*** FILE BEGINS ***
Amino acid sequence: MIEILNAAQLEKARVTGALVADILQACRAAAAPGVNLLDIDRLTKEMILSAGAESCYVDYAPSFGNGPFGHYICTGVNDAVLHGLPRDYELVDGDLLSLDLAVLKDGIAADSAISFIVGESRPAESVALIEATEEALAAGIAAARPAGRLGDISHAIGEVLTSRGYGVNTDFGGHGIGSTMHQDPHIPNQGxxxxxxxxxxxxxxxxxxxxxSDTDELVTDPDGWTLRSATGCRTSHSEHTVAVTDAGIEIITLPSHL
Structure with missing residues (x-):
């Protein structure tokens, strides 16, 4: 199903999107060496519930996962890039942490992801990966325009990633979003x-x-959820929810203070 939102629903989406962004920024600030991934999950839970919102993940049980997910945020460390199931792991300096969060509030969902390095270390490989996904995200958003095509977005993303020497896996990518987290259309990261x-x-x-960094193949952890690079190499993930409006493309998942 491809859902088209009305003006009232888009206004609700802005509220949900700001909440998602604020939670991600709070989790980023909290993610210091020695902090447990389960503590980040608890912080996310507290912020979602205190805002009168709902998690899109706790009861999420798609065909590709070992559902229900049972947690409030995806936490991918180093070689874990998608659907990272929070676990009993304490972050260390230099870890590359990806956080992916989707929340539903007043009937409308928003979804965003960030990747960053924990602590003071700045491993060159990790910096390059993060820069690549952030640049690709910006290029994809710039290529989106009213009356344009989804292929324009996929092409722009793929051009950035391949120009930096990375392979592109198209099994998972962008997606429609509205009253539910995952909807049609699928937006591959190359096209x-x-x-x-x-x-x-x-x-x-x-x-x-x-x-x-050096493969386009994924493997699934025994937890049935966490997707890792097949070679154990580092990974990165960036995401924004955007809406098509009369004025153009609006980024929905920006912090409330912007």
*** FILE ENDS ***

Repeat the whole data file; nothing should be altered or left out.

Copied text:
Amino acid sequence: MIEILNAAQLEKARVTGALVADILQACRAAAAPGVNLLDIDRLTKEMILSAGAESCYVDYAPSFGNGPFGHYICTGVNDAVLHGLPRDYELVDGDLLSLDLAVLKDGIAADSAISFIVGESRPAESVALIEATEEALAAGIAAARPAGRLGDISHAIGEVLTSRGYGVNTDFGGHGIGSTMHQDPHIPNQGxxxxxxxxxxxxxxxxxxxxxSDTDELVTDPDGWTLRSATGCRTSHSEHTVAVTDAGIEIITLPSHL
Structure with missing residues (x-):
């Protein structure tokens, strides 16, 4: 199903999107060496519930996962890039942490992801990966325009990633979003x-x-959820929810203070 939102629903989406962004920024600030991934999950839970919102993940049980997910945020460390199931792991300096969060509030969902390095270390490989996904995200958003095509977005993303020497896996990518987290259309990261x-x-x-960094193949952890690079190499993930409006493309998942 491809859902088209009305003006009232888009206004609700802005509220949900700001909440998602604020939670991600709070989790980023909290993610210091020695902090447990389960503590980040608890912080996310507290912020979602205190805002009168709902998690899109706790009861999420798609065909590709070992559902229900049972947690409030995806936490991918180093070689874990998608659907990272929070676990009993304490972050260390230099870890590359990806956080992916989707929340539903007043009937409308928003979804965003960030990747960053924990602590003071700045491993060159990790910096390059993060820069690549952030640049690709910006290029994809710039290529989106009213009356344009989804292929324009996929092409722009793929051009950035391949120009930096990375392979592109198209099994998972962008997606429609509205009253539910995952909807049609699928937006591959190359096209x-x-x-x-x-x-x-x-x-x-x-x-x-x-x-x-050096493969386009994924493997699934025994937890049935966490997707890792097949070679154990580092990974990165960036995401924004955007809406098509009369004025153009609006980024929905920006912090409330912007």